Castledyke Equestrian Centre was opened in 2007 by local farmers, David and Peter Richardson whose family have farmed at Castledyke for more than fifty years. The brothers, who developed the centre at the family farm to diversify their business, have been careful to develop and incorporate the lovely old existing farm buildings resulting in a traditional feel with the main yard built on a quad. Castledyke is very much a family enterprise, with both Peter’s daughter Emma and son James also being members of the welcoming staff at the yard.
The rural setting north of Boston makes BHS approved Castledyke the perfect place for riding with its 14km of private wide grassy margins for hacking around the fields of wheat and oilseed rape grown on the farm. The riding centre and livery yard, set in 380 acres, was one of only four equestrian centres in Lincolnshire to be accepted as a pre-training camp for the 2012 Olympics. Castledyke also offers a six-furlong all-weather gallop, large outdoor arena, an indoor school, fifty purpose-built stables, tacking-up stalls, equine solarium, and hot and cold wash down facility. There are also modern shower and toilet facilities and a fully equipped conference room with WiFi access making Castledyke the perfect venue for all your equestrian needs. Castledyke prides itself on offering all its clients a bespoke service and whether it is livery for your horse or riding lessons the team at Castledyke will endeavour to tailor a package to suit your particular requirements.
Castledyke Equestrian Centre is a Pony Club centre and meetings are fortnightly on a Friday evening with lots of activities including pony care, games and quizzes and of course riding and you do not need your own pony to join.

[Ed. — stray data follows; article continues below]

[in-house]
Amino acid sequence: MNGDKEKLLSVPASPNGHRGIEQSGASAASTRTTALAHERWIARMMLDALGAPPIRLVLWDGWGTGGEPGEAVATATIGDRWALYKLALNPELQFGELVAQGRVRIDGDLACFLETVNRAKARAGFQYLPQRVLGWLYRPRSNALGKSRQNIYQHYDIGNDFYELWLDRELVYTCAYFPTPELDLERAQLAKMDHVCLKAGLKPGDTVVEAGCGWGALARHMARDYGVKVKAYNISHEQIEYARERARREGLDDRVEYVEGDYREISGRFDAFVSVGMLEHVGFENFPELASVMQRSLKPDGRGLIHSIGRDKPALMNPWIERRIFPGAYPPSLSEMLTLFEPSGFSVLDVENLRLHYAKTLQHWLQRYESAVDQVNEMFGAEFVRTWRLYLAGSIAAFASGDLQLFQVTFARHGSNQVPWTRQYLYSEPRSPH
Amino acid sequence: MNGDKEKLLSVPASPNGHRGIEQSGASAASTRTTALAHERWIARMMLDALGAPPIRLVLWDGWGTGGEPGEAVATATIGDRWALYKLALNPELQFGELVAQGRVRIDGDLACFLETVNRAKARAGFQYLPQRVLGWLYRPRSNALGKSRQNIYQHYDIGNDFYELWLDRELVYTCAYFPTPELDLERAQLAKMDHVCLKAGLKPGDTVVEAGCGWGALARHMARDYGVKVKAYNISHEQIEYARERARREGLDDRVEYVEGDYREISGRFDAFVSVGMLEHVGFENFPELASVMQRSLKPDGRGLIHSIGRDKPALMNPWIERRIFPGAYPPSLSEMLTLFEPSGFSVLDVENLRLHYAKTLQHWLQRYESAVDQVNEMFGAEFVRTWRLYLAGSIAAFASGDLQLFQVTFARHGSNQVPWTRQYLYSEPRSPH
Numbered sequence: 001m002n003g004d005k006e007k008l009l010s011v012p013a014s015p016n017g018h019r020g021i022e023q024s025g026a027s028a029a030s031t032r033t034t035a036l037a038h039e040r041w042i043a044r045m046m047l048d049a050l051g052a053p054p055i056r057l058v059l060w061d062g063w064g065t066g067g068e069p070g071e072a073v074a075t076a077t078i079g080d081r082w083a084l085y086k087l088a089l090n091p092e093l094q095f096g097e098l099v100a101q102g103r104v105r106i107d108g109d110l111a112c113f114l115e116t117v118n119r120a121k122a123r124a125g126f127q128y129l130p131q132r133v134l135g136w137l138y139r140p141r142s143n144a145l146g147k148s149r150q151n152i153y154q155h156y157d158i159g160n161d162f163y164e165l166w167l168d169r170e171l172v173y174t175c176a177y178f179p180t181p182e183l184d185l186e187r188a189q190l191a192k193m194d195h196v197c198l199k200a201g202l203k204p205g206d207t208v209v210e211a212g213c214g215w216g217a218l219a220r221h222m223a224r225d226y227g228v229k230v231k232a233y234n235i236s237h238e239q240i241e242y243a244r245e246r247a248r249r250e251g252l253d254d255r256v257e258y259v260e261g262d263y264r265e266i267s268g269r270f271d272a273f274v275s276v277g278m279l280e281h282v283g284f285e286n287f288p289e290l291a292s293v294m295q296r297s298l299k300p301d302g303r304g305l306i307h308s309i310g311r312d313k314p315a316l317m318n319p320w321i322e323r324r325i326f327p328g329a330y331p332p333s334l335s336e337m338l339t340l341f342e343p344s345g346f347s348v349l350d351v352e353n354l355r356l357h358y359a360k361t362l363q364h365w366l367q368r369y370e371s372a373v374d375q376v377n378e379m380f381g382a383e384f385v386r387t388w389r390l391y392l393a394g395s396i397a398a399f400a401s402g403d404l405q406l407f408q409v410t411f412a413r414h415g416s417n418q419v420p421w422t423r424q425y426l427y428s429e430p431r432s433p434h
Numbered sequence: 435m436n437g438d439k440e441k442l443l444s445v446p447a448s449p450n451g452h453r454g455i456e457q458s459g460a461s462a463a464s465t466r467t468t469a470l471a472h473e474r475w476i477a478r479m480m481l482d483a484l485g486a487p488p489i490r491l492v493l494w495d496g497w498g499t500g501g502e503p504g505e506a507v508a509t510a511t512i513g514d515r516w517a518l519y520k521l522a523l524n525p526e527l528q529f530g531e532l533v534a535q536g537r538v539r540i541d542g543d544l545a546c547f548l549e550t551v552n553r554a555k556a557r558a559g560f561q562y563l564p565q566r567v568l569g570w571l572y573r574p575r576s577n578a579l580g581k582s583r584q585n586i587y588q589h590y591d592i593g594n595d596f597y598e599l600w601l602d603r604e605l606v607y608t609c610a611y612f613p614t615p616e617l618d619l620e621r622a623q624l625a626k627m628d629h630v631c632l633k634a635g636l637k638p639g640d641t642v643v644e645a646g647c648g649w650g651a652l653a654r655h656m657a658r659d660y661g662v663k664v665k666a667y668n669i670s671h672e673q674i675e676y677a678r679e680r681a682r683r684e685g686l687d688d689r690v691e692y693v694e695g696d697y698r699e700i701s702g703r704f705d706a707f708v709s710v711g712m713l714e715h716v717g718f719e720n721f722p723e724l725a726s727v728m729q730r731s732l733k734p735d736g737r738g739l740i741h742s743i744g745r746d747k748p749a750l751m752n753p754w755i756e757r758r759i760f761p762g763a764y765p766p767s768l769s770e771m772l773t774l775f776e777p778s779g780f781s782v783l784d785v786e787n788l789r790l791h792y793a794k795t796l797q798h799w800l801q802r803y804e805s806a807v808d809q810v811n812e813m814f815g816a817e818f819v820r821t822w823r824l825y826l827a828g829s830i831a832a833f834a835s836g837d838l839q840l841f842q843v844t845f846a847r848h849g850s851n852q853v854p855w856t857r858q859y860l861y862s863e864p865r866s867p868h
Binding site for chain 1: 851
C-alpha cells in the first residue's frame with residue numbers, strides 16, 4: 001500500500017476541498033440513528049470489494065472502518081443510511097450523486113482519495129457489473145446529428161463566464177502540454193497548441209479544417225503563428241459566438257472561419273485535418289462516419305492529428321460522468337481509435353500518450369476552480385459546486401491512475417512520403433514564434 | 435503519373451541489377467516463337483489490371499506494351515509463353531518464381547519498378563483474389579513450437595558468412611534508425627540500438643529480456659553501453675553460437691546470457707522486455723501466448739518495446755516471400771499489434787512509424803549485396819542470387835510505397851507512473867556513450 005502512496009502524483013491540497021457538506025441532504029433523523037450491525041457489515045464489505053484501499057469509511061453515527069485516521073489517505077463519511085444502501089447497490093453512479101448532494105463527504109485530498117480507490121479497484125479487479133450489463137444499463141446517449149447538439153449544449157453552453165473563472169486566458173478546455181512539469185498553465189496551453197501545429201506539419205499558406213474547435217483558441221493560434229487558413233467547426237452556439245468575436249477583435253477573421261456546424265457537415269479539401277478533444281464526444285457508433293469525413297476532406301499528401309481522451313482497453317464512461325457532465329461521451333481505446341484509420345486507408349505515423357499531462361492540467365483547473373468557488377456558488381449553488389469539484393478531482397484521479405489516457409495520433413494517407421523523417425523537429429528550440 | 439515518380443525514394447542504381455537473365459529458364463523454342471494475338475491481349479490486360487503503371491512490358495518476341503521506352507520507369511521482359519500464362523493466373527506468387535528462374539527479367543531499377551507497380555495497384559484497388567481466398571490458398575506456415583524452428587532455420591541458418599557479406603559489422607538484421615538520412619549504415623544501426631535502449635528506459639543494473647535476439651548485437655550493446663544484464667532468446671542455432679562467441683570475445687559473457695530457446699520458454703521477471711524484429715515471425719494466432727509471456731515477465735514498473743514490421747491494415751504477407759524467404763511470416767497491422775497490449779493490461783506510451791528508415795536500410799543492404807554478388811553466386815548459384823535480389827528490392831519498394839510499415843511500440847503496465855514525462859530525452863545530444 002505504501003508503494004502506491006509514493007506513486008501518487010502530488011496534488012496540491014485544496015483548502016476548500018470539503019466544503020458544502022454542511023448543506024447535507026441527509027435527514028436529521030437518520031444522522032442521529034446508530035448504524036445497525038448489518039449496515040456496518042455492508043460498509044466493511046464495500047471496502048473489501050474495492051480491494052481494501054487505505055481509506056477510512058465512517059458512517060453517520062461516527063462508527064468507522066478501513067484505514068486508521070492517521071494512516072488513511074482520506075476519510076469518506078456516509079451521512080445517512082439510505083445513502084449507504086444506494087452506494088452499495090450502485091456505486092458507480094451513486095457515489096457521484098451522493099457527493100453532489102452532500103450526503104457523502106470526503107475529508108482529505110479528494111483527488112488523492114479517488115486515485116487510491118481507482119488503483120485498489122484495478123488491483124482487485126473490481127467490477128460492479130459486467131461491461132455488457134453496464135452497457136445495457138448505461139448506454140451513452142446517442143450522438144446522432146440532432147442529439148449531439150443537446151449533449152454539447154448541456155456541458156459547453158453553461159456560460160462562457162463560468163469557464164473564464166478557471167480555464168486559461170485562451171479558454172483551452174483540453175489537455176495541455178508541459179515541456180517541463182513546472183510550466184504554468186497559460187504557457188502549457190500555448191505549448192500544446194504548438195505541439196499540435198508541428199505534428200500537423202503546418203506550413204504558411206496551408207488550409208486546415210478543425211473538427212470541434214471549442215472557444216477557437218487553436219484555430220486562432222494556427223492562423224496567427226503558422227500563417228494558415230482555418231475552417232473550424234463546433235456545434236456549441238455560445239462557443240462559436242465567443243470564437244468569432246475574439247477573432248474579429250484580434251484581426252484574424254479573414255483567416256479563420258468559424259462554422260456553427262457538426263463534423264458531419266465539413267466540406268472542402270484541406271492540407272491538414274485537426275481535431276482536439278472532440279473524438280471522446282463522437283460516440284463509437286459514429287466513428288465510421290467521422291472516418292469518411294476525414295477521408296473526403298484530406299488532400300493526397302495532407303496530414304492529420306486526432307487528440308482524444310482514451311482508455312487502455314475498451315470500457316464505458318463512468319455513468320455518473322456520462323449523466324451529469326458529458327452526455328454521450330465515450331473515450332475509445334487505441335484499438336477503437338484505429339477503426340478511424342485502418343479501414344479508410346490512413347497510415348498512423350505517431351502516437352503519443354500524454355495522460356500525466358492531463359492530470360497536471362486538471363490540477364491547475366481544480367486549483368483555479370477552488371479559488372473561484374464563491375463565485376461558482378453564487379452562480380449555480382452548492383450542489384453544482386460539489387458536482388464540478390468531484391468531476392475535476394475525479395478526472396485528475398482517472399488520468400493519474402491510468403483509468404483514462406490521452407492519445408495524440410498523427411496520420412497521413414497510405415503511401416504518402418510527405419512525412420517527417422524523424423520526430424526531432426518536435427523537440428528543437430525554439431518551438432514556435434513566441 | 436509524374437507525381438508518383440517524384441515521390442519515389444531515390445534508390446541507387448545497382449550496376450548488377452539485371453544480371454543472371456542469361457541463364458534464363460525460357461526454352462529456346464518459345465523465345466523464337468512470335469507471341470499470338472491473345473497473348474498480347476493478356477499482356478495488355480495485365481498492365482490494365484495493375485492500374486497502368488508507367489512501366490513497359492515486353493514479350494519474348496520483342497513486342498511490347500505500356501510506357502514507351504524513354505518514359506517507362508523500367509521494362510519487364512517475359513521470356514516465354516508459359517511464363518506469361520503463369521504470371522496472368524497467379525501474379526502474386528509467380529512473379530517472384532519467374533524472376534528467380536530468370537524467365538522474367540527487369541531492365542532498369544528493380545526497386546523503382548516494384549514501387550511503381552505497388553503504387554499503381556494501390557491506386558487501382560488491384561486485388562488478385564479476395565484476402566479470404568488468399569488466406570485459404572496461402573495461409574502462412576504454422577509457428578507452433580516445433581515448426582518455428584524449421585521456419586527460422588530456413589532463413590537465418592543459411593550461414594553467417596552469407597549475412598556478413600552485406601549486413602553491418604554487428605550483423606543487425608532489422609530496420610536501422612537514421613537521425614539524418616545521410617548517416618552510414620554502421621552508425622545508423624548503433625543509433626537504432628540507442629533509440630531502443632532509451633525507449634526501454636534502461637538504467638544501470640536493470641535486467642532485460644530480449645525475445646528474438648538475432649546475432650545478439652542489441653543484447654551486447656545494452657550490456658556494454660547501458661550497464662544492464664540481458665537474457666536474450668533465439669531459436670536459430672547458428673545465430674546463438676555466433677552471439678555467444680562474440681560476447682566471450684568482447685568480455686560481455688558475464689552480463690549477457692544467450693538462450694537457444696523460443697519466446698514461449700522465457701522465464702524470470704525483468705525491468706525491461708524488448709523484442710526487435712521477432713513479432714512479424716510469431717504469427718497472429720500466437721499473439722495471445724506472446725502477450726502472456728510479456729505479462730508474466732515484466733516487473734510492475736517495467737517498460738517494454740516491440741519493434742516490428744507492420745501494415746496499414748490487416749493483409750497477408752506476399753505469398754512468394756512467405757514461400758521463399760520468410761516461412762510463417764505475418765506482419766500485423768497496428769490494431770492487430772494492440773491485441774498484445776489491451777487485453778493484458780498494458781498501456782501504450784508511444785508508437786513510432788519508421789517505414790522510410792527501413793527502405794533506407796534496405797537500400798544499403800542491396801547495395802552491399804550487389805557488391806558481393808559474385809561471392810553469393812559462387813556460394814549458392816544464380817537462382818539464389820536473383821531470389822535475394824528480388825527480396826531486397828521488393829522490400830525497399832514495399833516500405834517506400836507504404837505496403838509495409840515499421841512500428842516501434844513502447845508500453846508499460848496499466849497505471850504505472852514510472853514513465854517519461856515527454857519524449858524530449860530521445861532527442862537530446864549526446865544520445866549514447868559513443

Check the Castledyke website (www.castledyke.co.uk) for details of its full programme of events and services or even better come along and see what is on offer. The centre always pleased to show visitors around (no appointment needed) and look forward to seeing you.
So why not get along to Castledyke Equestrian Centre at Gipsey Bridge, Boston, PE22 7BW or give them a call on 01205 280824 and ask for Castledyke’s excellent manager, Jayne Armstrong.
POLE TO POLE
Every horse, pony and rider can benefit from working over poles of any form.
The daily routine of normal riding for the leisure or competitive rider, can take its toll and avoiding the onset of boredom in any horse or pony can be helped with the introduction of poles. The starting point must always be to introduce the poles over a period of time, in order to keep the horse and rider confident, starting with a single pole and introducing further poles to progress to a line of three poles. Avoid only using two poles, as it may encourage a horse to jump them both for the first time, which could give both the horse and rider a fright! There are so many variations that can be worked with by adding further poles and then progressing to raising the poles to increase the workout offered to the horse. The horse will benefit from the increase in the flexibility of the joints and allowing the stride to lengthen or shorten accordingly. It offers a great workout to any horse and care must be taken not to overdo things on the first few sessions when working with poles. It is important when working with poles to only increase one part of the workout during each session; so either increase the number of poles in one session or raise the poles, but avoid adding further poles and raising them at the same time.